Election Day 2016 should have been Christmas morning for Republicans. Long awaited control of the White House and both houses of Congress. A chance to deliver on an every two-year election cycle promise to repeal and replace Obamacare. In 2010 Republicans needed the House. They got it. In 2014, it was the Senate. Delivered. But we still need the White House they said. Asked and answered with President Donald Trump.
So, what happened a few weeks ago when the House bill fizzled like a North Korean missile launch? Disparate factions within the House couldn’t unify behind Speaker Paul Ryan’s plan, despite pressure from the White House. For some, it wasn’t a repeal, only a rearranging of the deck chairs on the sinking Obamacare ship. Others in the GOP were happy with the status quo, preferring to rail against Obamacare in campaign speeches rather delivering on empty campaign promises. Still others, #NeverTrumpers, knowing that President Trump was behind the House bill, preferred to see the bill, and Trump, fail.
Kudos to the Democrats. When they ran the show in 2008, they herded their cats and passed Obamacare. No Statist Caucus on one side or a Tuesday (or Thursday or Friday) group on the other side, each wanting their own version of health care reform.
The GOP will likely regroup and take another bite of the apple. What the final product will look like is anyone’s guess. Will it get through the Senate? Can it be passed via reconciliation or will the filibuster have to be nuked?
First, the GOP must answer a fundamental question. Is health care a right or a privilege? I don’t mean a discussion at a think tank or in a university classroom. But here and now in the United States based on what we as a country want. A recent Pew Research Center poll shows 60 percent of Americans favor universal coverage, meaning health care as a right.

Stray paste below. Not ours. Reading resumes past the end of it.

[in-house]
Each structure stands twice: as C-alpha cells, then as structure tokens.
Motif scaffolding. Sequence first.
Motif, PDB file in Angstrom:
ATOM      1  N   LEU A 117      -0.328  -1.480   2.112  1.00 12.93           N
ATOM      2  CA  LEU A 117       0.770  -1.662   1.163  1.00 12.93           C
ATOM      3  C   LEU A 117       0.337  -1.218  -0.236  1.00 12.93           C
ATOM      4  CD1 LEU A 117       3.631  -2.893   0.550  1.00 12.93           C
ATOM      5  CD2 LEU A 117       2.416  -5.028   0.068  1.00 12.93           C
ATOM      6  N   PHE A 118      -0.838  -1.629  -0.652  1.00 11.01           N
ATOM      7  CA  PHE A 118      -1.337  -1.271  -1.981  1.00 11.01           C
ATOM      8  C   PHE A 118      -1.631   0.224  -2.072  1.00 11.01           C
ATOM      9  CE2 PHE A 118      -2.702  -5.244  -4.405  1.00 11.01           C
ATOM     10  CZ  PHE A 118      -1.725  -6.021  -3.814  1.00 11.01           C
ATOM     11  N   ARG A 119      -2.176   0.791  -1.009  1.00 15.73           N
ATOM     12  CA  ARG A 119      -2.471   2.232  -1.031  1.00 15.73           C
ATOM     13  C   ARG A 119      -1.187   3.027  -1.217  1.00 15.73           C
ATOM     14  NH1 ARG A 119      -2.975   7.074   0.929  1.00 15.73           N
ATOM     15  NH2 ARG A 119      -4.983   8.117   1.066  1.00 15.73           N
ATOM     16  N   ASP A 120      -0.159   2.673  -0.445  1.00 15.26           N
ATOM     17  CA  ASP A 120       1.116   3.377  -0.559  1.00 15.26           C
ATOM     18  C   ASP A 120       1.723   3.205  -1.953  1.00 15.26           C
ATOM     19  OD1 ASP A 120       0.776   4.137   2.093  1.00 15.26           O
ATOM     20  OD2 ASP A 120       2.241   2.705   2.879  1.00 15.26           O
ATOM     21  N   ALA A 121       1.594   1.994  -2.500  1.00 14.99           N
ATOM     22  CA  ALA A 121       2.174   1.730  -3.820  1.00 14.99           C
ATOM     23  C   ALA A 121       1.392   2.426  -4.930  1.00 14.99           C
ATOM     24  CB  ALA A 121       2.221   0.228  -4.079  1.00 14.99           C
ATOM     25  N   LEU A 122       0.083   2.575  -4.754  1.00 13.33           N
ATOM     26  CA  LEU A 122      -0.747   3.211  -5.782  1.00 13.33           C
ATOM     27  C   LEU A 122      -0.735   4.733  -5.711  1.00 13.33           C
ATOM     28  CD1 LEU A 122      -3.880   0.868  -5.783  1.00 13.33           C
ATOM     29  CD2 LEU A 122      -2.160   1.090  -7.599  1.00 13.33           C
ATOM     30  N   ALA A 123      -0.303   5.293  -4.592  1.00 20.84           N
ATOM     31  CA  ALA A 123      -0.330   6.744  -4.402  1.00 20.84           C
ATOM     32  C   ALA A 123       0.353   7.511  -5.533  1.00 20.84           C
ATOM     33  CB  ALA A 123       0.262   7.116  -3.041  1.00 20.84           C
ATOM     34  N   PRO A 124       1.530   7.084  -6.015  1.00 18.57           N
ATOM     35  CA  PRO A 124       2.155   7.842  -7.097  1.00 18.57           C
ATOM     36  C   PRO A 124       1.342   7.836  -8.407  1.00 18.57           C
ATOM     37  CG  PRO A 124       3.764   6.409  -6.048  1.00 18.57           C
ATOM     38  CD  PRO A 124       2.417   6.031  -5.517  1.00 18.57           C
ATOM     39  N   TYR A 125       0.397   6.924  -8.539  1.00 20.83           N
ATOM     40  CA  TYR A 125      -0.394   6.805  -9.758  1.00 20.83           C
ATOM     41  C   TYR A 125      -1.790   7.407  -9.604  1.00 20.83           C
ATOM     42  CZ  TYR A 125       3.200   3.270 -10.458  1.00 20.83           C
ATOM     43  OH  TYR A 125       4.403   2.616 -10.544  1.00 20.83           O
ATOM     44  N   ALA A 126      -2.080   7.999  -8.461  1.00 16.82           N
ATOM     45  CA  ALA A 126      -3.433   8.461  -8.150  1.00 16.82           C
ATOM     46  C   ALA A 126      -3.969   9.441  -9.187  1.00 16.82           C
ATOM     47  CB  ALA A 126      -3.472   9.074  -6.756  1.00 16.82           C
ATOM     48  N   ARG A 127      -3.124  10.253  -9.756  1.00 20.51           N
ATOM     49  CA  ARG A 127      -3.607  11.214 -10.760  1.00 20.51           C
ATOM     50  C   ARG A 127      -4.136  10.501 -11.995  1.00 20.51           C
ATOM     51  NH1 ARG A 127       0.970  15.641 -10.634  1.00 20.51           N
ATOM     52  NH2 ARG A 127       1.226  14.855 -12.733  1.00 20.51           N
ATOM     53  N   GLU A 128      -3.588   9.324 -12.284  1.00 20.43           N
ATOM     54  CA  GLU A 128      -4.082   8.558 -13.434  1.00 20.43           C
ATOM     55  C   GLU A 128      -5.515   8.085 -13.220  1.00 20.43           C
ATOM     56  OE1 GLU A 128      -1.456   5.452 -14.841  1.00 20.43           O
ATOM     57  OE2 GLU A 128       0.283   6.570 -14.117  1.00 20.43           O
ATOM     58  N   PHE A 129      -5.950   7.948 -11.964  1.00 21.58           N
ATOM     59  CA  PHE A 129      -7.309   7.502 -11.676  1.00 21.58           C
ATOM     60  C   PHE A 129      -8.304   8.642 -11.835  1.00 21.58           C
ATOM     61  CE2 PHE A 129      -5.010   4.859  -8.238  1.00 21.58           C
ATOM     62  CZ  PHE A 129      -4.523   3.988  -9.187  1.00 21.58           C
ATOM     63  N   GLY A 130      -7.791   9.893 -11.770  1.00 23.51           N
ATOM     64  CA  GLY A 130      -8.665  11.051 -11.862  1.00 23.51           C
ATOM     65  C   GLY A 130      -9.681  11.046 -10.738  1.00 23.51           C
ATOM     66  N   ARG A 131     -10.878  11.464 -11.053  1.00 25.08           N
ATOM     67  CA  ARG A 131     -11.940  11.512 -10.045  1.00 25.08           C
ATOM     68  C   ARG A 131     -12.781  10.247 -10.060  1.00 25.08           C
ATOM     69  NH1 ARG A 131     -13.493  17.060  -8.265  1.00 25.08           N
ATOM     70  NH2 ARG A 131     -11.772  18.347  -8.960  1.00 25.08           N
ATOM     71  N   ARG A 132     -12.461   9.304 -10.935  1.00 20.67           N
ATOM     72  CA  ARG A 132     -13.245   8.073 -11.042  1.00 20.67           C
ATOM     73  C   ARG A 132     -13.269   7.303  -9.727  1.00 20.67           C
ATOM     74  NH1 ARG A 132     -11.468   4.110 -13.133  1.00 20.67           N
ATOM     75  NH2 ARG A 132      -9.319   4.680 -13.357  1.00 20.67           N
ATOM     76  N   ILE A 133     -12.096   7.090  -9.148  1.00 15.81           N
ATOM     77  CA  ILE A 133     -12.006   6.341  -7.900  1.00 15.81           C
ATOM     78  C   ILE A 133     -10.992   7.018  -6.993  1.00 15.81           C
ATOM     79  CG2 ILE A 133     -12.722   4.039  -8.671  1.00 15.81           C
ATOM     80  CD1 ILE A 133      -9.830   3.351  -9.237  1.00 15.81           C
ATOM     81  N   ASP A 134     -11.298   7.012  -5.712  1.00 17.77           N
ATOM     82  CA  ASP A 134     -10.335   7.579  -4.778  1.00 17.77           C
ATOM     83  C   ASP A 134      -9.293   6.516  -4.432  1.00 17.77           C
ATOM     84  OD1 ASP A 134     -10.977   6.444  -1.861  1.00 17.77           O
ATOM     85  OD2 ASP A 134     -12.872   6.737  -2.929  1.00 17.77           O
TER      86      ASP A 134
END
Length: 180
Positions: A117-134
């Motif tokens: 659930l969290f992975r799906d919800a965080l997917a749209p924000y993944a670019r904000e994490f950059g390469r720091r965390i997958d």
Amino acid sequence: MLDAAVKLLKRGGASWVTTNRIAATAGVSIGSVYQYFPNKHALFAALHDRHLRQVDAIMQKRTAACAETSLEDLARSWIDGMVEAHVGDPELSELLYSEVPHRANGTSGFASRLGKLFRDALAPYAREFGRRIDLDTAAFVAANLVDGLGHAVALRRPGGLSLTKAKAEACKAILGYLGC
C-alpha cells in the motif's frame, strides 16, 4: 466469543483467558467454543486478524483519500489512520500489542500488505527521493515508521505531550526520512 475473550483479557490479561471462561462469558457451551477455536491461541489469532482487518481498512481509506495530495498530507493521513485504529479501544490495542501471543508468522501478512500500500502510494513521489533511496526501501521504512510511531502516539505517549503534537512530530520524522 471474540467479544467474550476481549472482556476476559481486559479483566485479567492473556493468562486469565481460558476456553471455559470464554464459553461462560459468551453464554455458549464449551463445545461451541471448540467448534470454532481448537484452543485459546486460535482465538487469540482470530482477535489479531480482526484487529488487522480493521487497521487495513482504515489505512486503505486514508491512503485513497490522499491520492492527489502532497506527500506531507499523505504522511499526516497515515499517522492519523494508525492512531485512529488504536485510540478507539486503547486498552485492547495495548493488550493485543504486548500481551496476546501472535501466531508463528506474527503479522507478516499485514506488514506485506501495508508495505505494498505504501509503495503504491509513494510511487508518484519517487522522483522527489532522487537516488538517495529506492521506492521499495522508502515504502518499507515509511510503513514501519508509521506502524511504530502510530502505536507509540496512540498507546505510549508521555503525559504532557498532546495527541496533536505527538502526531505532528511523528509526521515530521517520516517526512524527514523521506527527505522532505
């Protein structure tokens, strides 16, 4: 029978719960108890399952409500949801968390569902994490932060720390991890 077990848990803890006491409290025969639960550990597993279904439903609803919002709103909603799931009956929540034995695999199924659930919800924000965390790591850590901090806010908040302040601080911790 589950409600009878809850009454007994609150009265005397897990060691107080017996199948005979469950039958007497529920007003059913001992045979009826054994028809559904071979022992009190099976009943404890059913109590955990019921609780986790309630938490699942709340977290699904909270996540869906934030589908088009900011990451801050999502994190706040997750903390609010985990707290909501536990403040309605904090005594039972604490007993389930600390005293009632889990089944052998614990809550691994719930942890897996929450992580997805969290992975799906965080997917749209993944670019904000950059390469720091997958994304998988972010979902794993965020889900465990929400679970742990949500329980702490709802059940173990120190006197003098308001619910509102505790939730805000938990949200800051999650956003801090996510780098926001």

Free market conservatives want the government out of health care. Certainly the federal government. Turn it over to the states via the Tenth Amendment or leave it to the market, like purchasing and insuring a home.
If health care is a privilege, not a right, what about the 10-year-old with leukemia whose family can’t afford six-figure cancer care? Or the working diabetic needing a $2,000 per dose drug injected into each eye once a month so that he can maintain his vision, work, drive and support his family? How about the 20-year-old who fractured her leg on the ski slopes but doesn’t have insurance, savings or family support to pay the medical bill?
On the other hand, if health care is a right, an entitlement, then how much is enough? How much health care can society, meaning taxpayers, be expected to fund? What medicines and treatments are covered? What’s the free meal? Meatloaf and mashed potatoes or filet mignon and lobster? With a limited supply and unlimited demand, some form of rationing will be necessary.
Until these two competing concepts are reconciled, health care reform goes nowhere, just a patchwork attempting to satisfy both sides of the argument, but in the end satisfying neither.
Most developed countries have parallel public and private health care systems. A public option covering everyone, with minimal or no out-of-pocket expense to patients, but with long wait times for care and limited treatment options. And a private option allowing individuals to purchase the health care or insurance they want and need, paying for it themselves, without subsidies, tax breaks or any government assistance. One option a right, the other a privilege.
For an analogy, think of K-12 schools. A public option available without cost to students. For most, a good and more than adequate education. And a free-market private school option for those who desire and have the means. Shop around, pay as much as you want, or default to the public option.
Each system has its pros and cons, but they are separate and distinct. Instead, we are trying to combine both into a single scheme — Obamacare, Ryancare or whatever finally emerges from Congress. We get the worst of both systems — bureaucracy and high cost. And the best of neither — no universal coverage and limited freedom of choice.
Wouldn’t it make more sense to simply create the two-system approach here in the U.S.? Then my question wouldn’t need answering. The public system would be the “right” and the private system would be the “privilege.” This difficult to answer question, which legislators won’t touch with a ten-foot pole, can be easily answered by choosing “both.”
Brian C. Joondeph is an ophthalmologist and can be reached on Twitter @retinaldoctor. This article originally appeared in the Daily Caller.
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